Date Thesis Awarded


Access Type

Honors Thesis -- Access Restricted On-Campus Only

Degree Name

Bachelors of Science (BS)




Margaret Saha

Committee Members

Oliver Kerscher

Pamela Hunt

Jennifer Bestman


Embryonic development occurs through the cooperation of complex pathways that govern processes of cell proliferation and differentiation. Reactive oxygen species (ROS) play a crucial role in development because while some processes of oxidative stress are necessary for proper development, an overabundance of oxidative stress can harm the embryo. Through transcription of antioxidant genes, oxidative stress is regulated within the embryo. One such gene, Oxidative Stress Induced Growth Inhibitor 1 (Osgin1) has been shown to be upregulated in response to ROS. In order to understand the roles of this gene in embryonic development and tissue repair, whole mount in situ hybridization was performed to study spatiotemporal expression patterns. My data suggests a possible role for Osgin1 in neurodifferentiation and embryonic development.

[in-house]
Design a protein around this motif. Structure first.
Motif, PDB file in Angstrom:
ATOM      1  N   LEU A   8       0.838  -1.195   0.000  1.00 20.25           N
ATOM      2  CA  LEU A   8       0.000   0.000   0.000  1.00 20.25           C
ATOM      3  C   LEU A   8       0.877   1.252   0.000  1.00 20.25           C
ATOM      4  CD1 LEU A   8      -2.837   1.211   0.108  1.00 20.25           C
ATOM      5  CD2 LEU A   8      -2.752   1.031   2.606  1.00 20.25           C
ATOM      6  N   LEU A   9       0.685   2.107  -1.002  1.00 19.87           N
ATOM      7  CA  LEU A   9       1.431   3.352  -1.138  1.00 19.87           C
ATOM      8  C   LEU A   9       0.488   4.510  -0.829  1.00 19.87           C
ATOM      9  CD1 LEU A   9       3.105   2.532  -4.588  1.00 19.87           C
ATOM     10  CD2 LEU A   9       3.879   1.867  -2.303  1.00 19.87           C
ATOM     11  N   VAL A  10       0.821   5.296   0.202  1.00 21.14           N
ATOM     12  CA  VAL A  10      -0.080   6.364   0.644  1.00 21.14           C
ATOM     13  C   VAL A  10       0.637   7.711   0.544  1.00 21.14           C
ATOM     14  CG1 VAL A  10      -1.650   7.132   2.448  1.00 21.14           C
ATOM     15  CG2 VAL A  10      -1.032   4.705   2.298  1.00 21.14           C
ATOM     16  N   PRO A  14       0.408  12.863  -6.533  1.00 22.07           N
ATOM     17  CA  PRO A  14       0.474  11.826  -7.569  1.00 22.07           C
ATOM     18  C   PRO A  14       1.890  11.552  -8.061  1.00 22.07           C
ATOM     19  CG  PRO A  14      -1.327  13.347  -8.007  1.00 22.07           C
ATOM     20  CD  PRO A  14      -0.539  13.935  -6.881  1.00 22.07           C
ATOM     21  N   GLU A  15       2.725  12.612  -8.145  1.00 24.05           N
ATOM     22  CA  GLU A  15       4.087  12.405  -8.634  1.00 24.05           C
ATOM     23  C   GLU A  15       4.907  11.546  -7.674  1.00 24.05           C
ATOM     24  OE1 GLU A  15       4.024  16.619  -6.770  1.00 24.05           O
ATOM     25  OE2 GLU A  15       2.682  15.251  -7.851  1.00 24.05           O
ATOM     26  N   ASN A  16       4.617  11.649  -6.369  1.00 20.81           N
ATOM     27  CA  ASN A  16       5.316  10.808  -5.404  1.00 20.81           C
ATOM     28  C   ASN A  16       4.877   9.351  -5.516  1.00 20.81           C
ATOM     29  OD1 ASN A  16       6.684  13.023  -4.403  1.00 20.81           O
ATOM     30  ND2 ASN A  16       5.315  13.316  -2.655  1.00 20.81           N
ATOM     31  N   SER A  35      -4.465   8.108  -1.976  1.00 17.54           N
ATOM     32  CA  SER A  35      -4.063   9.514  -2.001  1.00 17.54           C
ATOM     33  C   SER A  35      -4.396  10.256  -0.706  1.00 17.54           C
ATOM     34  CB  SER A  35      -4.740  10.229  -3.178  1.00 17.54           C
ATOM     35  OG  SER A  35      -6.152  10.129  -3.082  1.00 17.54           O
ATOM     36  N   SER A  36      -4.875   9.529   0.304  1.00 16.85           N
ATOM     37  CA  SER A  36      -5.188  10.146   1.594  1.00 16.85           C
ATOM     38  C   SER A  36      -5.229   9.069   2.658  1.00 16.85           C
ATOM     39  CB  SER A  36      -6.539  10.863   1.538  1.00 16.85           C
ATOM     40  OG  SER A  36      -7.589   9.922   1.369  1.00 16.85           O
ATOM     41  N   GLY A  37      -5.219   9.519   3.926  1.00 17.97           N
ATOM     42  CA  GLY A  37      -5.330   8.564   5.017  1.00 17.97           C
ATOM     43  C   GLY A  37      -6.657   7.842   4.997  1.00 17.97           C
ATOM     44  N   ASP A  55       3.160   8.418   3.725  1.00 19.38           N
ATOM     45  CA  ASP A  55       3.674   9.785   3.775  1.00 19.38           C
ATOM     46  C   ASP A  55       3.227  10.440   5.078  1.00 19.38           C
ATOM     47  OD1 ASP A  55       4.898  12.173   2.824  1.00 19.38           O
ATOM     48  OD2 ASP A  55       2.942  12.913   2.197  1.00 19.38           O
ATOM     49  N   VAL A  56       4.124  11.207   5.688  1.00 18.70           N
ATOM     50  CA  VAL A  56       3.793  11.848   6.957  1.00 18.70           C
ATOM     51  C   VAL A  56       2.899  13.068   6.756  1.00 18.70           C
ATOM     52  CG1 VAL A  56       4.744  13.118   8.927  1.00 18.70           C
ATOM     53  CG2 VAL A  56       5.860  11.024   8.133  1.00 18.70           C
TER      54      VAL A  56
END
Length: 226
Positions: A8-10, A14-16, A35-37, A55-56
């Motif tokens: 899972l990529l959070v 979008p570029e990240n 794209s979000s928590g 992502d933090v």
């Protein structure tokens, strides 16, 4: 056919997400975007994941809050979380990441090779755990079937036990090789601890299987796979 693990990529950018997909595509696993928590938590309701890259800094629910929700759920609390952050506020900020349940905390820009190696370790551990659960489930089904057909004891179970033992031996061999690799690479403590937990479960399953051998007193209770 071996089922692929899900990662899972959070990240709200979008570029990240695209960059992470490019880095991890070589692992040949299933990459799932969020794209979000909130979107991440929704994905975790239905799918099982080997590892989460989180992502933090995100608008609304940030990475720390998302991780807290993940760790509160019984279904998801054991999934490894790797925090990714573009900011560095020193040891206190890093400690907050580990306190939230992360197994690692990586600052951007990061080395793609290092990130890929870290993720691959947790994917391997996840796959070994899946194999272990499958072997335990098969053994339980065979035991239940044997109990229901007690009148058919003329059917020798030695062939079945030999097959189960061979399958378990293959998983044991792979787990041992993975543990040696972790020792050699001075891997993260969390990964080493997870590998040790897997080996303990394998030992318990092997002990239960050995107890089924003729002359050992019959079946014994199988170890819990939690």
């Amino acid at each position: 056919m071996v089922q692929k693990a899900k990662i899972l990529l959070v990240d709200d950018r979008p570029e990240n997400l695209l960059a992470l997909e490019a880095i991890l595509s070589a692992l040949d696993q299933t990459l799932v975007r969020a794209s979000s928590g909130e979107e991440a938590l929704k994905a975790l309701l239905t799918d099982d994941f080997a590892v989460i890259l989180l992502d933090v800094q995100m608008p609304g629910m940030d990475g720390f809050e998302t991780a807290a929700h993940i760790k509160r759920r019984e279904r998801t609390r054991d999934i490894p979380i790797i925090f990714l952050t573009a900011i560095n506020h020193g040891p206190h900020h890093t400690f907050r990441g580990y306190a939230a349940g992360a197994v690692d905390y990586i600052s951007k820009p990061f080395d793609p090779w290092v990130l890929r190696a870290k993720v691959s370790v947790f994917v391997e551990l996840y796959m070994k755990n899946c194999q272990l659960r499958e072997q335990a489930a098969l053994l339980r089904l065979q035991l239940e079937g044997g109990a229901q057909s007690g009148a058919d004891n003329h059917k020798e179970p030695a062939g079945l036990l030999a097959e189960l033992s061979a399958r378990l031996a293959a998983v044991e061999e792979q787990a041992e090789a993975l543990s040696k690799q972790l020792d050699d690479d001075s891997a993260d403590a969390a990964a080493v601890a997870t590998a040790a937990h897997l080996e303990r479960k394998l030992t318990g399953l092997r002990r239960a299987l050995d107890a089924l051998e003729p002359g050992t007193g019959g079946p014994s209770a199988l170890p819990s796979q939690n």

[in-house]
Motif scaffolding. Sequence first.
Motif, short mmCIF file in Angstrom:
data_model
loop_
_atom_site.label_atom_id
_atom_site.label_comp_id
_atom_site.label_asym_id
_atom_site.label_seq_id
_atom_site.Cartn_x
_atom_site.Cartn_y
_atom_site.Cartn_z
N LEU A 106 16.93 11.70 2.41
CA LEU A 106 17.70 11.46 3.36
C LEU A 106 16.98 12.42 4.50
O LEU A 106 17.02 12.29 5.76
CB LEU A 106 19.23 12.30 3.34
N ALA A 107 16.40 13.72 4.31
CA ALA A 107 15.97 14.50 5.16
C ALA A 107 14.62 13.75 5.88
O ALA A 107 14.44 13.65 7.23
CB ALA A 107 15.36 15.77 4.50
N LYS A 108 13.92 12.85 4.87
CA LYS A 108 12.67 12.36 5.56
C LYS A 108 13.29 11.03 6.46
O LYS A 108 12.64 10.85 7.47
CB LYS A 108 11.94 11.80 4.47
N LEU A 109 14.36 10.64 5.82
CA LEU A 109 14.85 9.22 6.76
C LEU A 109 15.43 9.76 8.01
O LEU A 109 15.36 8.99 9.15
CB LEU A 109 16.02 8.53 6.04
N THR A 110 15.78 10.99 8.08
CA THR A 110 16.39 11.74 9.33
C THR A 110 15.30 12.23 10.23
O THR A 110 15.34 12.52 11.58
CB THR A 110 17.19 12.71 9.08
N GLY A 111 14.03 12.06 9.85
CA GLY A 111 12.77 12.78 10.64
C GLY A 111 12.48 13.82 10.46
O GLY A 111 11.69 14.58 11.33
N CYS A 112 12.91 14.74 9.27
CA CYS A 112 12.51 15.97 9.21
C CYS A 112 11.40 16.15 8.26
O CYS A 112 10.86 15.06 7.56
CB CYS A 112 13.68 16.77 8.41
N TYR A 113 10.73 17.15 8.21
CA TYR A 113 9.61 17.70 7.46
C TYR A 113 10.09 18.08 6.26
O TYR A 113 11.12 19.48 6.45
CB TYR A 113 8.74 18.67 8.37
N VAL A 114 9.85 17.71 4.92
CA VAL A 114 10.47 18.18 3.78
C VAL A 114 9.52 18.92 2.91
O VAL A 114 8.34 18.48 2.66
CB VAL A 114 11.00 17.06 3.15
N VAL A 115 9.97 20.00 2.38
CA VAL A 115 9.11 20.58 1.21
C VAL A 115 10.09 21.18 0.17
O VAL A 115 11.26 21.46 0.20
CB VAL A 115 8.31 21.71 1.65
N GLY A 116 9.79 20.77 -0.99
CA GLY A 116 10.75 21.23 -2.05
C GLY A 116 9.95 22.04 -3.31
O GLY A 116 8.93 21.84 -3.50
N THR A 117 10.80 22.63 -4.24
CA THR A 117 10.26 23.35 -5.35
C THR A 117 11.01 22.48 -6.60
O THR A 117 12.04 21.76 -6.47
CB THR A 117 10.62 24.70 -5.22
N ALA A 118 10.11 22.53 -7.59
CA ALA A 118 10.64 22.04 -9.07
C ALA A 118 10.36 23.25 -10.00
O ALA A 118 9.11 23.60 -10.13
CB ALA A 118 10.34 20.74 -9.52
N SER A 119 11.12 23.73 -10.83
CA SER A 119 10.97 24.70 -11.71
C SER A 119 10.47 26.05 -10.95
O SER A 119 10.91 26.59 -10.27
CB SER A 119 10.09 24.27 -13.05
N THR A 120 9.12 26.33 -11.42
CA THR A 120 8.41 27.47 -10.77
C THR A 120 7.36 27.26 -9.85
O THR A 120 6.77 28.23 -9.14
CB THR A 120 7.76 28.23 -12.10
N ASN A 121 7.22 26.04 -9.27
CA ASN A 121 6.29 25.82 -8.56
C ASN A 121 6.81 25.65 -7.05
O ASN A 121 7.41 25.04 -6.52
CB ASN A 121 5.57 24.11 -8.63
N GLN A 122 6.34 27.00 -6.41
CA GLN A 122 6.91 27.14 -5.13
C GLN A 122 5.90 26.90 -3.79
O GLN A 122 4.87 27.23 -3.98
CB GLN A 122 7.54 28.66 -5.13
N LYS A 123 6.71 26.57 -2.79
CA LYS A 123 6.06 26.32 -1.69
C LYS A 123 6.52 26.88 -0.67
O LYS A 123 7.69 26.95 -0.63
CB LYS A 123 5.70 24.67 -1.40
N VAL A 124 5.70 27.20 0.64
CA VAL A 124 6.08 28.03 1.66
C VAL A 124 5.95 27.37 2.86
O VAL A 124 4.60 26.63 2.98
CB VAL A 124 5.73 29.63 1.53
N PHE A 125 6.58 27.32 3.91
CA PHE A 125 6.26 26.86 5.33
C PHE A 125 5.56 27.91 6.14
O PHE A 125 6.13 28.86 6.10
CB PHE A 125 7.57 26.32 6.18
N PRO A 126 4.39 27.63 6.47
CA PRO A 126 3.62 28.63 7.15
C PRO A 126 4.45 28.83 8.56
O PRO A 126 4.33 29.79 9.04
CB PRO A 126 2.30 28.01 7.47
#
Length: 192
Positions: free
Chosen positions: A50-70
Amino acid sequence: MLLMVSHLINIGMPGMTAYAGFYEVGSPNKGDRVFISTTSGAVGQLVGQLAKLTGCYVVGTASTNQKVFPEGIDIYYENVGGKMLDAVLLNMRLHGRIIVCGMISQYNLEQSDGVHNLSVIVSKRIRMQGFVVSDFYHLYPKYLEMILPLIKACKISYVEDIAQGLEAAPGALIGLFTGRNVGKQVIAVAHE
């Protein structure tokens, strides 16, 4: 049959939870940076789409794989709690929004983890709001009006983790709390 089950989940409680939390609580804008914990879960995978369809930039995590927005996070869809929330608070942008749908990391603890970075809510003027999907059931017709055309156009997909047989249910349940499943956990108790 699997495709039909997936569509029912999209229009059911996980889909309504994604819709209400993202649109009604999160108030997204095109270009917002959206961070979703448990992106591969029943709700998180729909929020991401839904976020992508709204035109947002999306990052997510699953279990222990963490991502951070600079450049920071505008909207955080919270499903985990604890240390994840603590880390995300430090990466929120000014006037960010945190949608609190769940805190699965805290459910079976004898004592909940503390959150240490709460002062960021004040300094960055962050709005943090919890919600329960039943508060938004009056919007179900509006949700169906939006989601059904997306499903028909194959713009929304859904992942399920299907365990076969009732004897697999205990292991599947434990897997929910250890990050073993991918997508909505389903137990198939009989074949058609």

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Available for download on Thursday, December 17, 2026

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